DevFest Melbourne 2019 Day 1
Sat, Nov 9
Registration - 60 mins
Welcome (Katie) - 15 mins
Michelle Sandford - There's Always More Pie
I met some Silicon Valley Founders the other day, and I asked what advice they had to give us in Australia, that would help unlock our potential.
They looked at me and said "Y'all need to stop scrapping over pie crumbs and start building more pie factories". #TrueStory
It's a fair point. I moved to Australia because I thought it was the new America. A land of opportunity. The last remaining frontier. The 4th least densely populated country on the planet. And underneath that wide red dessert, all the treasure...
And yet I find myself in a world obsessed with navel gazing. Protecting our borders, trying to hoard everything for ourselves, fighting...as they said, over pie crumbs rather than trying to build anything new.
But we who code are creatives, world builders, legacy leavers. We were not placed here on this rock hurtling through space to grind. We are here to make a difference.
This is a session showing us we are not just nerds, we are superheroes. It's a reminder of who we are and what we are capable of. It's a question in the darkness and it's a call to action.
Who's hungry? I'm baking pie.
Chris Horner - Android UIs: Patterns, Practices, Pitfalls
Building UI's on Android can be tricky business. Sometimes it seems like there's a hundred ways to achieve something. Other times you have no idea where to even begin.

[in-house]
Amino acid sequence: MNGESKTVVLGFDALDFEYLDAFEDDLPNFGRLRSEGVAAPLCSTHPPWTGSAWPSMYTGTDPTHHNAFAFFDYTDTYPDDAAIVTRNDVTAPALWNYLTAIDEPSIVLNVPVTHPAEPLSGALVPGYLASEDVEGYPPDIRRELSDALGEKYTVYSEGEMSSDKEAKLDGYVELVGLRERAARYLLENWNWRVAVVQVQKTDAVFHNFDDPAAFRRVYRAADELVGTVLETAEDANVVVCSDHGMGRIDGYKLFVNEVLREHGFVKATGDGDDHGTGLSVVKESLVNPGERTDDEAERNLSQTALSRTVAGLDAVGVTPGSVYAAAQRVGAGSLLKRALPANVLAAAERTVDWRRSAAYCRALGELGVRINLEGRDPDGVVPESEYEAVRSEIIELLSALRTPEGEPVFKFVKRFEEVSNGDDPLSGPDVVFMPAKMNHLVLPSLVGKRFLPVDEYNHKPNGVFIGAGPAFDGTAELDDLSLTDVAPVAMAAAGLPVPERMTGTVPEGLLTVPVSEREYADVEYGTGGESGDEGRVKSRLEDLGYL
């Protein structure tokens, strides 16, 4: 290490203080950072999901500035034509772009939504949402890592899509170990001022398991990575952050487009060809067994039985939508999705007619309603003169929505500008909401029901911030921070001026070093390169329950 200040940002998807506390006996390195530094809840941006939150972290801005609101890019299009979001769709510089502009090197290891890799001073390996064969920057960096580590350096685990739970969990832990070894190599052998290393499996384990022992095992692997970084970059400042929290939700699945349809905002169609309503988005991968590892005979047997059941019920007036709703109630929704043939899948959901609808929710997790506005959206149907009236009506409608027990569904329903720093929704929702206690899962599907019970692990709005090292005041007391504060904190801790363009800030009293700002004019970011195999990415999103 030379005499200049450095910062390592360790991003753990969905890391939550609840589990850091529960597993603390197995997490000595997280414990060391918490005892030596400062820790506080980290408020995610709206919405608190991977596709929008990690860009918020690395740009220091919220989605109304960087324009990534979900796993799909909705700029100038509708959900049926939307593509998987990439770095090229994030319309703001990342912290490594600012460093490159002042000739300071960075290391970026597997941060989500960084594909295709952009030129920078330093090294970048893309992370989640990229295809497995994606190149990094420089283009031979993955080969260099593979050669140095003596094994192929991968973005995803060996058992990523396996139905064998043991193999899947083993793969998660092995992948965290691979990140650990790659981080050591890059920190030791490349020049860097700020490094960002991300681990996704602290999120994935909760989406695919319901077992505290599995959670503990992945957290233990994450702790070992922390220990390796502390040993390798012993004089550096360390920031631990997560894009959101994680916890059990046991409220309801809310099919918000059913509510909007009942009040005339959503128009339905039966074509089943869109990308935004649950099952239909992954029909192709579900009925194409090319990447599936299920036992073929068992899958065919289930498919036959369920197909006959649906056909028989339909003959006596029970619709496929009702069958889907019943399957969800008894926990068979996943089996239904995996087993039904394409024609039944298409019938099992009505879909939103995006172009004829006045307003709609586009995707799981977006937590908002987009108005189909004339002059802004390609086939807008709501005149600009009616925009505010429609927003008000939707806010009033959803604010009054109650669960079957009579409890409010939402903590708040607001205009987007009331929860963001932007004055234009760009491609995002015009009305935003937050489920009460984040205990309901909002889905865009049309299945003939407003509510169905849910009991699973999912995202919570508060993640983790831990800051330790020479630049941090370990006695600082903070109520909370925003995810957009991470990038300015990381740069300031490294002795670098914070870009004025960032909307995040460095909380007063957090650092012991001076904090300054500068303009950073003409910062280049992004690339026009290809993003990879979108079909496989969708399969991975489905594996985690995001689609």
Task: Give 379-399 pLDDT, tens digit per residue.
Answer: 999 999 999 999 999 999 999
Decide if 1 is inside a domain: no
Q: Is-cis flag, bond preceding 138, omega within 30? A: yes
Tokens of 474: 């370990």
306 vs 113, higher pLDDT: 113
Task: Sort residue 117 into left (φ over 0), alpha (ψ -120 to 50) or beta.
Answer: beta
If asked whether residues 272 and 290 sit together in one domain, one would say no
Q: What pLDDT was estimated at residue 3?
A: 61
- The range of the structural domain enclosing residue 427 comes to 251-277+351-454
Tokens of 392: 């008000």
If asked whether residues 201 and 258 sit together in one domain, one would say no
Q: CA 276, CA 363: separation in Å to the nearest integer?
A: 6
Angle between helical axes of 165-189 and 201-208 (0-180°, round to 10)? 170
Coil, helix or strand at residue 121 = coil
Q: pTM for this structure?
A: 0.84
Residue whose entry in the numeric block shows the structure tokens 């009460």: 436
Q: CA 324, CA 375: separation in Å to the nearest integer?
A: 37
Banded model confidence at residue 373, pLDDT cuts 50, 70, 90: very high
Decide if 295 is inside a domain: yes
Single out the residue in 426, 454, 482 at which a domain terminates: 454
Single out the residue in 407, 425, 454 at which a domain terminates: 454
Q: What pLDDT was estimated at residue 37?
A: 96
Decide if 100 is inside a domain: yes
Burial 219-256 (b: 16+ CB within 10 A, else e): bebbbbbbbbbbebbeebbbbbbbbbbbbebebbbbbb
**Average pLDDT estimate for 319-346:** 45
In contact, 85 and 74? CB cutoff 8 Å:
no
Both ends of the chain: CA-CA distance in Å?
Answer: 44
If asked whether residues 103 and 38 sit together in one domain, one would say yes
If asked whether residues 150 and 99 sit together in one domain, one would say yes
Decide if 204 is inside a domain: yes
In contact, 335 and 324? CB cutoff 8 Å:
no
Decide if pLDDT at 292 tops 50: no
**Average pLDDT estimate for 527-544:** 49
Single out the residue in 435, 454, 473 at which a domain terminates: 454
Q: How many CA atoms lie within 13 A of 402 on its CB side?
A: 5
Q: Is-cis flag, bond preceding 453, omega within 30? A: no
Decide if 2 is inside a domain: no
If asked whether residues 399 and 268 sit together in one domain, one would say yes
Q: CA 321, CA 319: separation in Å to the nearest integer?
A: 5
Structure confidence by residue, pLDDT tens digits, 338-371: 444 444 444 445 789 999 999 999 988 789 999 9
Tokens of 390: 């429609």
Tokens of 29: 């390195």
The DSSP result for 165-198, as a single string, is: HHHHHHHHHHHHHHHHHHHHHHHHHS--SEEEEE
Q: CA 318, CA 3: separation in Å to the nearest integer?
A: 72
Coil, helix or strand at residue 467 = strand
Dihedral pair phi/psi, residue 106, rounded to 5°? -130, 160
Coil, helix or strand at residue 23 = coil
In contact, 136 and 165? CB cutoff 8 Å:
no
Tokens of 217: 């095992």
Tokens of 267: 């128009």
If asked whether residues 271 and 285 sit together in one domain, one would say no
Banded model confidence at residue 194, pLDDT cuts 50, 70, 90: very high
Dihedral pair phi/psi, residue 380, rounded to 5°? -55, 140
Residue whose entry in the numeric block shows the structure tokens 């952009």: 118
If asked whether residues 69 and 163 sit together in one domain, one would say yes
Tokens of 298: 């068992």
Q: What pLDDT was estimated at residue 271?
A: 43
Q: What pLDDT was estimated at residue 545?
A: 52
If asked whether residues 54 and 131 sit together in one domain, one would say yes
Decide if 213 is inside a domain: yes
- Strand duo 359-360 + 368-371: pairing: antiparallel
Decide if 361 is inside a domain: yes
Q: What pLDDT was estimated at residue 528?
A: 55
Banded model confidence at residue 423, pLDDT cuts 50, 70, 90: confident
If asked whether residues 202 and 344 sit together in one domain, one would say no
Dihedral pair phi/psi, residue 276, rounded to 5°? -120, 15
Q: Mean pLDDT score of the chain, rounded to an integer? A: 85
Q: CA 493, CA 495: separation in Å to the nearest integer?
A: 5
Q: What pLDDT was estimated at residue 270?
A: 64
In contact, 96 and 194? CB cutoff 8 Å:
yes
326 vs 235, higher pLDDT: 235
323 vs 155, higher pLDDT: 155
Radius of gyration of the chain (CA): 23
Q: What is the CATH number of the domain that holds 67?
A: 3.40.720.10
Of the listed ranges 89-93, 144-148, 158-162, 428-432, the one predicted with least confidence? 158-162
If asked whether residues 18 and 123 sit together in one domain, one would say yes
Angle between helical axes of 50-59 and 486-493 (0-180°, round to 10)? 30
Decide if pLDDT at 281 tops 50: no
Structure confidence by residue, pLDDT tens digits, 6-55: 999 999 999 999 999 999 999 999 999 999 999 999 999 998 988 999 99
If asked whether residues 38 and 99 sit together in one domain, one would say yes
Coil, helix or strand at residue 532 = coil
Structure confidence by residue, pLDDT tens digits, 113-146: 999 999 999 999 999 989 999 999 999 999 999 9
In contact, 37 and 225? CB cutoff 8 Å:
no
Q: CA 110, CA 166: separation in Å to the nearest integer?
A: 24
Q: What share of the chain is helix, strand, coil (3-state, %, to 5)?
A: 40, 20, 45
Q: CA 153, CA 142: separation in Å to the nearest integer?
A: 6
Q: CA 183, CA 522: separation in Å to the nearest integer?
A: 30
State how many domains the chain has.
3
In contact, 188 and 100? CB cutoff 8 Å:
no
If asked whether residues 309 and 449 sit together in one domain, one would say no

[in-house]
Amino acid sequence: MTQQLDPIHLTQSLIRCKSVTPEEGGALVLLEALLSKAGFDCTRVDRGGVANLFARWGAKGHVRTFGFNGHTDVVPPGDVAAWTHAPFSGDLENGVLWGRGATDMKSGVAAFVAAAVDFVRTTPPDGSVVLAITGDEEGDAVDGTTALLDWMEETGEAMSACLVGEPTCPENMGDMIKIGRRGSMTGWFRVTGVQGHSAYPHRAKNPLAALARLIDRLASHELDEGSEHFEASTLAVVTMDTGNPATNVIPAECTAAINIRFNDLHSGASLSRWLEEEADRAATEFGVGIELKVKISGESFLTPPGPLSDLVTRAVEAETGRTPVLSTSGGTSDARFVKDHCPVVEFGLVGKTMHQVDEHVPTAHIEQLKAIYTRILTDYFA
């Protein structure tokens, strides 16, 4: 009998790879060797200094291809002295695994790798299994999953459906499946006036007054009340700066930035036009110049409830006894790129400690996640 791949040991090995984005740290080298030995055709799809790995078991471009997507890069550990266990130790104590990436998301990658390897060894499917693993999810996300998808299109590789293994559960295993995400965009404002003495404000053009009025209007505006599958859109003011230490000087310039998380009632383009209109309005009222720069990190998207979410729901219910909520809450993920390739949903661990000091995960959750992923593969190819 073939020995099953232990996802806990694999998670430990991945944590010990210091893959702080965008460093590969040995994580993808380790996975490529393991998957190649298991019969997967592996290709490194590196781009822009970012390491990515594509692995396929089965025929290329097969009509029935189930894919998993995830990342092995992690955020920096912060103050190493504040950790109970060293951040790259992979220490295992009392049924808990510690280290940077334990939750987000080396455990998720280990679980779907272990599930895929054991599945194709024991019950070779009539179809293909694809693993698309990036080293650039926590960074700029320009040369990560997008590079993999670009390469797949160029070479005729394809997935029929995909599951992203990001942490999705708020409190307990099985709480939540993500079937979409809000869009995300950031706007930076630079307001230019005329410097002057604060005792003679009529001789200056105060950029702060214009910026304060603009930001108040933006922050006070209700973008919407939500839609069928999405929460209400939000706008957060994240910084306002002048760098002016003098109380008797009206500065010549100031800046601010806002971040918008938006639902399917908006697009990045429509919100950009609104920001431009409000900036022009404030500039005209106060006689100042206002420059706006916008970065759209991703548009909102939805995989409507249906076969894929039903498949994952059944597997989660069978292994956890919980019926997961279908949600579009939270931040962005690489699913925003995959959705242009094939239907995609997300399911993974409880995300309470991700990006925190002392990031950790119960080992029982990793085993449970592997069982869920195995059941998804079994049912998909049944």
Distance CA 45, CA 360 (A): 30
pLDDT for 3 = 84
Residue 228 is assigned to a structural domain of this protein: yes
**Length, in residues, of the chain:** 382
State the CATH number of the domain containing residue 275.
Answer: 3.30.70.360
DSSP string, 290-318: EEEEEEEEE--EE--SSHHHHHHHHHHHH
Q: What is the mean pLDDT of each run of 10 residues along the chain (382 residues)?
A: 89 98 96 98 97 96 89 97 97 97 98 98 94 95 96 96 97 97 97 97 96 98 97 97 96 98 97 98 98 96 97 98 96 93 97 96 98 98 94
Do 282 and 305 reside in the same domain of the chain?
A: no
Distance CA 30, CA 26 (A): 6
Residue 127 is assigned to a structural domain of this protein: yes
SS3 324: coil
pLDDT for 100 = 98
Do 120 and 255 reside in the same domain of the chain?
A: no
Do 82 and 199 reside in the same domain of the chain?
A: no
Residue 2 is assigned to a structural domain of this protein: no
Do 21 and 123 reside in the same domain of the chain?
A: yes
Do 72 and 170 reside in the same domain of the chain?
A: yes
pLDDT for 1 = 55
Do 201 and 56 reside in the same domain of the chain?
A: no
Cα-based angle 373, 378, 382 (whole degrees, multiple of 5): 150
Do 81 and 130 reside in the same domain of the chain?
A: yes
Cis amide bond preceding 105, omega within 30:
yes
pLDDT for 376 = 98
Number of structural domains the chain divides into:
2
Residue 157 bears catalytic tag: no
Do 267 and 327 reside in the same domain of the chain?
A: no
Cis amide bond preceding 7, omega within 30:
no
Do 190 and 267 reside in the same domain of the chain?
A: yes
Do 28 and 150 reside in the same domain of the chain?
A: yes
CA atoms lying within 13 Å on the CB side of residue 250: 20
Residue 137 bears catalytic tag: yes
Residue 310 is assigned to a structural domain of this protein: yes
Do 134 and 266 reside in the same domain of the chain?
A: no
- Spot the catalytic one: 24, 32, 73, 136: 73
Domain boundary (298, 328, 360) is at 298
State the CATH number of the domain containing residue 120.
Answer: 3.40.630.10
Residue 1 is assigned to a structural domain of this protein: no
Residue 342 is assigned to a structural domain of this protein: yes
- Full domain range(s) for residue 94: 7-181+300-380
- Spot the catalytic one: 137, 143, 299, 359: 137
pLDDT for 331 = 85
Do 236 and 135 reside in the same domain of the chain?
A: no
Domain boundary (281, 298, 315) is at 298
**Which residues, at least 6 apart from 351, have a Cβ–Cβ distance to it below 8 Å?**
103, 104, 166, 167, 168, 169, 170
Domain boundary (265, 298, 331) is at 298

This talk demonstrates tips and tricks Android developers can apply when building their UIs, as well as outlines some of the common gotchas to avoid. It touches topics around:
- Animations and Transitions
- Layout hierarchies
- Custom Views/ViewGroups
- Threading and timing
- Themes and styles
Tanya Butenko - It is OK to be Different
Having different ideas, opinions, interests can be quite lonely and lead to thinking about where you can fit especially in the fast-pace tech industry.
Coming to the industry, not by a traditional path, being the only one in the room to have a unique opinion can be very intimidating. Being unique can put us in a position where we think that we don't belong here.
After 5 years in tech being different brought me to this state - a software engineer, a founder of the Australia wide diversity community Muses Code JS, a co-organizer of the international organization Women Who Code, Google Developer Expert in Web technologies and international speaker. Being different is great!
A brand new talk about my life and career as a software engineer with examples of my personal fears on every single step, which I'm sure, will relate to many. And how I overcame them and used as a benefit.
Brett Morgan - Flutter Everywhere
Flutter is a UI Toolkit by Google focused on empowering developers to build building beautiful, natively compiled applications quickly. Up until now, Flutter has focused on iOS and Android development, but is in the process of expanding its applicability, and empowering developers to make reactive user interfaces everywhere from Mobile, to the Web and Desktop. In this talk we will review, live coding style, all the places you can use Flutter.
Morning Break - 30 mins
Mark Ng - The gritty truth about app modularization
Have you heard of micro services or micro frontends? This recent trend in the industry is about breaking up monolith apps into multiple smaller components that be more easily managed. Google wants us to modularise our apps but what exactly does this involve and should you actually to do this on your app? I will talk about the dos, the don’t and what they don’t tell you about modularisation in those online articles. You will hear many terms such as scaling, clean architecture when people talk about modularisation but with my approach you don't have to re-architect your app to start your journey towards modularisation.